Less than 1 percent of blood donations are from African Americans or Hispanics.
Though compatibility is not based on race, genetically similar blood is best for patients who need repeated or large volumes of blood transfusions, or those who have produced red blood cell antibodies for various diseases and conditions like sickle cell, heart disease and kidney disease.
Blood that closely matches a patient’s ethnicity is less likely to be rejected by the patient and provides fewer risks for complications. For example, some African American donors have different combinations of antigens in their blood like U-negative or Duffy-negative. Because these antigens are rarely found in other ethnic groups, these patients often depend on African American blood donations.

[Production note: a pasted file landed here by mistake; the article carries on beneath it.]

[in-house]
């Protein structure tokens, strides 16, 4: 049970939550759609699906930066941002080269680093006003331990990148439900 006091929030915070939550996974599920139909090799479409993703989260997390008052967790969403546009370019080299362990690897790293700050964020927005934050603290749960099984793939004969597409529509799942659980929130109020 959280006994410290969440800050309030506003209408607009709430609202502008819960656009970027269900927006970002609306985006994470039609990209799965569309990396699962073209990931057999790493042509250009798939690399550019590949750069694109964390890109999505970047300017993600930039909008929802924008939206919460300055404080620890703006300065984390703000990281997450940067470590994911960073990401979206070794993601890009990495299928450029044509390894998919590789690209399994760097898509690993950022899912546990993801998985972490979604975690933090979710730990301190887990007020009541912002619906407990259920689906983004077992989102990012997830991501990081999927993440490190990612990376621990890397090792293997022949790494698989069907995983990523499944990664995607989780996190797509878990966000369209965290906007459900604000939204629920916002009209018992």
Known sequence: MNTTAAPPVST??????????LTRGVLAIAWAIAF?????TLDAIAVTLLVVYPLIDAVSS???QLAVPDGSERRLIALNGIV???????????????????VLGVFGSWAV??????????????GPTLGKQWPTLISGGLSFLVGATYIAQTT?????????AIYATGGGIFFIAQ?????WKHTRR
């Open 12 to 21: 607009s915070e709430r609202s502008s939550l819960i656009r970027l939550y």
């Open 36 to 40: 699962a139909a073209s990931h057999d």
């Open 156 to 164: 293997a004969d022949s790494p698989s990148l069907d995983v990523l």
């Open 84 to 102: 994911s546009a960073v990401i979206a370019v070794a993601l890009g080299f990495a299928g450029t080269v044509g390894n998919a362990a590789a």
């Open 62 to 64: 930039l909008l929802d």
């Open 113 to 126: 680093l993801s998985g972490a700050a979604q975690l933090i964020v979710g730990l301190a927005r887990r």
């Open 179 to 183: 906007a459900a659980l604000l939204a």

Type O blood is the most common and most frequently used blood type. Type O negative blood is the universal donor, since almost anyone can accept it for a transfusion, regardless of their blood type. This type is the first to run out during blood shortages.
Forty-five percent of people in the U.S. have type O blood. This percentage is higher among Hispanics (57 percent) and African Americans (51 percent.)
[Download a .pdf of the Ethnicity and the Blood Supply handout.]